Make no mistake about it – Christopher Nolan is an exceptional writer who has the uncanny ability to bring innovative ideas to a plot while at the same time never straying from established storytelling conventions.
This balance – and knowing precisely when to push boundaries and when to stay within them – have resulted in a near-flawless filmography over the past fifteen years. His only real box-office and critical bomb was this year’s Transcendence, on which he only acted as a producer rather than a screenwriter.
But it could be argued that Christopher Nolan’s finished movies would look a lot more paint-by-numbers if it wasn’t for how stunningly beautiful they’re always packaged.
And for that, Nolan has one man to thank.
Wally Pfister: DP Extraordinaire
Like many of the industry’s most gifted professionals, Pfister started out young. He’d already discovered a passion for cinematography at the age of just 11, having become enthralled watching a lighting crew work on scenes for a movie being shot in his neighborhood.
Shortly after high school, he began turning his passion into a paying career, working as a production assistant for a news channel in Maryland. But it was to be a stretch of fifteen years shooting PSAs, doing odd grip and electrician work, and working on PBS documentaries before he was to form a partnership that would change the face of Hollywood.
When Wally Met Chris
In 1998, Pfister was working long into the night on a movie with a tiny budget. Feeling restless and looking for a change in career pace, he began leafing through a script that was doing the rounds on set. The other crew members and DP couldn’t see any value or merit in the choppy, confusing narrative; Pfister, however, was blown away.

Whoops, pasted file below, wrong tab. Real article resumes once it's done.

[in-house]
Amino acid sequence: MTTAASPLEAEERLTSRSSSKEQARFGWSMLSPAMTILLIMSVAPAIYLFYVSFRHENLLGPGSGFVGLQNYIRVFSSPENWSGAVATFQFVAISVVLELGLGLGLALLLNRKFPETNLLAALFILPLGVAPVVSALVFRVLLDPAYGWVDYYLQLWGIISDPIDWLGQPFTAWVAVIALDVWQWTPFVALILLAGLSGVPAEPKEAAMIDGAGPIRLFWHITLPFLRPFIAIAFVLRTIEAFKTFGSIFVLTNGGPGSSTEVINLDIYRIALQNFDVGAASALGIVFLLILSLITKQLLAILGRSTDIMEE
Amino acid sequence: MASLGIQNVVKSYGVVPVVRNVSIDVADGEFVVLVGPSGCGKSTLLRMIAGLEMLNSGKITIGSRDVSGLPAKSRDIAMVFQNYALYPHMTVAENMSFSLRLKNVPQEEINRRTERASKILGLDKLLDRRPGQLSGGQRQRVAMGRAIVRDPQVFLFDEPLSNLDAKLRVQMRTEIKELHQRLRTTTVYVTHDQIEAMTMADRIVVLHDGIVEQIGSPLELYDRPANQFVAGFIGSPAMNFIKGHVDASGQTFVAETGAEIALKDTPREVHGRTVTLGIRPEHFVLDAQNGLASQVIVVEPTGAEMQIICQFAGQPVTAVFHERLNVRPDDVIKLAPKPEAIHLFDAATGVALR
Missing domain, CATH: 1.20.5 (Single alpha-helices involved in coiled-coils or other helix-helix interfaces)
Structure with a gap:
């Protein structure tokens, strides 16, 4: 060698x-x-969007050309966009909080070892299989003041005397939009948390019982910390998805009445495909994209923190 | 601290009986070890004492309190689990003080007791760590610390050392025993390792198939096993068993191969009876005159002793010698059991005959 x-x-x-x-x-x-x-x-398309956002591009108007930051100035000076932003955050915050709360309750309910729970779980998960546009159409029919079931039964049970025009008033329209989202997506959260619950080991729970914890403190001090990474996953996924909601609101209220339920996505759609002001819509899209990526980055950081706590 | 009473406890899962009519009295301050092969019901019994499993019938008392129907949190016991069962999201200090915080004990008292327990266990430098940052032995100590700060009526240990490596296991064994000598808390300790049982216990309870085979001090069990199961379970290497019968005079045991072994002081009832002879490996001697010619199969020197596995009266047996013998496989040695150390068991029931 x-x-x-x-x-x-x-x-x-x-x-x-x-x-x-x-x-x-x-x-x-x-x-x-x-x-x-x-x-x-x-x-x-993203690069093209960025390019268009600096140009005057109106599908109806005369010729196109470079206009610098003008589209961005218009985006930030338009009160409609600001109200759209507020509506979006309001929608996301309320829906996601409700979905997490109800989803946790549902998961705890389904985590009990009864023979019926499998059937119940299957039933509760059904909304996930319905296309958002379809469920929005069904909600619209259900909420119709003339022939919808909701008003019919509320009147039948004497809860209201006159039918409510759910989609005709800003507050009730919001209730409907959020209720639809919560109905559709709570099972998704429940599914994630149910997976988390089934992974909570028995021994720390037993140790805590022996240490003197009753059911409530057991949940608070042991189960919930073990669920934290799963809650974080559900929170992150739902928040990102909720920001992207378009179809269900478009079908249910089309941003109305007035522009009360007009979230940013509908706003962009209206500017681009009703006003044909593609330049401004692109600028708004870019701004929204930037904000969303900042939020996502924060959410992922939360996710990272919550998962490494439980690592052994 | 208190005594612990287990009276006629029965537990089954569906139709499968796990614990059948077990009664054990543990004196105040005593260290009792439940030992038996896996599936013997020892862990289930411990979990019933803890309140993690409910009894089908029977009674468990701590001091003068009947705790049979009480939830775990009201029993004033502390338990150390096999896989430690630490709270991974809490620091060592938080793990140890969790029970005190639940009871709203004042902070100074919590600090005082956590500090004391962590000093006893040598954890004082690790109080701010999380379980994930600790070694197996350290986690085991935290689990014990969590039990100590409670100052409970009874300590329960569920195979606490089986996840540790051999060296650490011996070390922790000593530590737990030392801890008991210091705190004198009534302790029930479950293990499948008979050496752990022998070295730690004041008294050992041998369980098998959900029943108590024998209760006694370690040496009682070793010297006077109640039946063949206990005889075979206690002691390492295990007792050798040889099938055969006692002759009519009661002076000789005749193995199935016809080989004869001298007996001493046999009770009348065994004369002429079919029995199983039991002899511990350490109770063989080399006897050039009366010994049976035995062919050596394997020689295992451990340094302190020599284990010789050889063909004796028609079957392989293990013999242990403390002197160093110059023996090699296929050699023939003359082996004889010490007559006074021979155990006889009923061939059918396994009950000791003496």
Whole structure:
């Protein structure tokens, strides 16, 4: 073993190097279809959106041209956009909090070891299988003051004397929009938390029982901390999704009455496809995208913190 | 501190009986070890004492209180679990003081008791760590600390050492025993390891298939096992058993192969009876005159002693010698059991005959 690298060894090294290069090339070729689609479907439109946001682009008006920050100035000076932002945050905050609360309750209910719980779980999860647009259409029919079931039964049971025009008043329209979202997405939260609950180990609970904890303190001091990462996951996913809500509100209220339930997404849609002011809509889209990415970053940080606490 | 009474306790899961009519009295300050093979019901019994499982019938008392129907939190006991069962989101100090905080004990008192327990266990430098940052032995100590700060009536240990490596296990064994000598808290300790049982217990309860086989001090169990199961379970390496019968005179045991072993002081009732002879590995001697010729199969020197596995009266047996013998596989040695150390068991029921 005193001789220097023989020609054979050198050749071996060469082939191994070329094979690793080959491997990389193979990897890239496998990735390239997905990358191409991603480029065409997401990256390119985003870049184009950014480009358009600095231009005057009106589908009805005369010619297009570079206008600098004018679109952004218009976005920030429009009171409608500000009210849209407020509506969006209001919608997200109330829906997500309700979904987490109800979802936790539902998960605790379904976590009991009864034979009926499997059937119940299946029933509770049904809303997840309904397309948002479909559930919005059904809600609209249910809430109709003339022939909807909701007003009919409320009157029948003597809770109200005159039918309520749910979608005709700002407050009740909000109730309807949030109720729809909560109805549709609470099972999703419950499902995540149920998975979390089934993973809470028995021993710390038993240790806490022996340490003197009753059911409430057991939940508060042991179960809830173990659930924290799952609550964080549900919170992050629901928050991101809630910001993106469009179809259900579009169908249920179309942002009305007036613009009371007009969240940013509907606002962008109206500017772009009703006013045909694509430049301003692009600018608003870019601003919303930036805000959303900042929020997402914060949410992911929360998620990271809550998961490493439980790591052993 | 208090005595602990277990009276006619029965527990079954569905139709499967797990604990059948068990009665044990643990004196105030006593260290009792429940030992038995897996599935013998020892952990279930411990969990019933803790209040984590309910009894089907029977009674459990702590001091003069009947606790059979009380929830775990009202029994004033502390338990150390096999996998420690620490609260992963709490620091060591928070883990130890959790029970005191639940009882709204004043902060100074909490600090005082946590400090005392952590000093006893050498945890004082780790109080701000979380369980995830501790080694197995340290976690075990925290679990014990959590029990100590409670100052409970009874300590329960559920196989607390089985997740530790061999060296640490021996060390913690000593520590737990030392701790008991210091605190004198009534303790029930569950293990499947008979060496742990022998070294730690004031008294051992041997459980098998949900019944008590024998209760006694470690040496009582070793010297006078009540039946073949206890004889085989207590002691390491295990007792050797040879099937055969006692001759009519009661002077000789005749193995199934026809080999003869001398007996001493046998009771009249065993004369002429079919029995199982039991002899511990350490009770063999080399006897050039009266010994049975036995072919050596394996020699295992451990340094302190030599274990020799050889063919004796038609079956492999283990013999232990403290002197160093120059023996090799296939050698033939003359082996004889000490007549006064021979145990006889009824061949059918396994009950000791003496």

That screenplay was to be Memento.
By chance, Christopher Nolan had heard of Wally’s prior work and was interested in meeting him – but it was a one shot-chance with a finite window of opportunity. Pfister walked off set, caught the first plane from Alabama to Los Angeles and made it back in the same day to continue working.
“I hadn’t slept in 36 hours. I was a mess. I was rambling. Obviously, I was impressed by how intelligent Chris was. I was a little intimidated meeting him,” Pfister told The Daily Beast. “So I left there going, “Oh, well, that would have been great.”
But as fate would have it, not only did Nolan hire Pfister for the job of Director of Photography, but the quirky independent movie went on to great critical and commercial success, arguably thanks to Wally’s stylistic handling of the source material.
What Wally Brought to Chris
Following Memento, Christopher Nolan and Wally Pfister went on to even greater heights and many of the most defining moments in the duo’s shared filmography came from Wally.
The scene with Batman standing on the Sears Tower at dusk, overlooking the city? That was Pfister. The shot outside the Parisienne cafe in Inception where the city folds in on itself? Also Pfister.
But as well as bringing his own visual elements to the table, one of the biggest reasons behind the success of the Nolan/Pfister partnership is that they’re in lock-step with each other. Nolan dreams up a scene involving an anti-gravity hotel corridor, and Pfister works out how to achieve it; Pfister pitches a visual involving a command module docking with a rapidly spinning spaceship, and Nolan writes it into the script.
What Chris and Wally Share
The other ingredient for success is that they both share a similar ethos when it comes to filmmaking. While it is Nolan that is famed for hating digital effects, 3D shooting and an over-reliance on CGI, it was Wally who helped him nurture this passion and turn it from a restriction to a benefit.
This even goes right down to how the pair utilize lighting, with Pfister stating: “Before you can know how to place a light, you have to understand natural light. You don’t need technology to have a good eye and an appreciation of the beauty of natural light. Go buy a book on Carvaggio or any of the Dutch Masters. To me, that’s beautiful lighting and it’s all natural and from 500 years ago.”
And the reason that Nolan and Pfister appears to pioneer the craft of filmmaking is because it is; the two came to iMax filming together for their work on the Dark Knight trilogy, and had to problem solve and figure it out together at a time when nobody else knew how.
What Wally Teaches Cinematography Students
In a hugely popular talk and Q&A session given at the New York Film Academy, Pfister had this closing advice to offer students at the cinematography school: “You have to take risks. That’s what will make your career last longer. You have to fight to get your vision on the screen (but not fight with your director).”
Never a truer word spoken.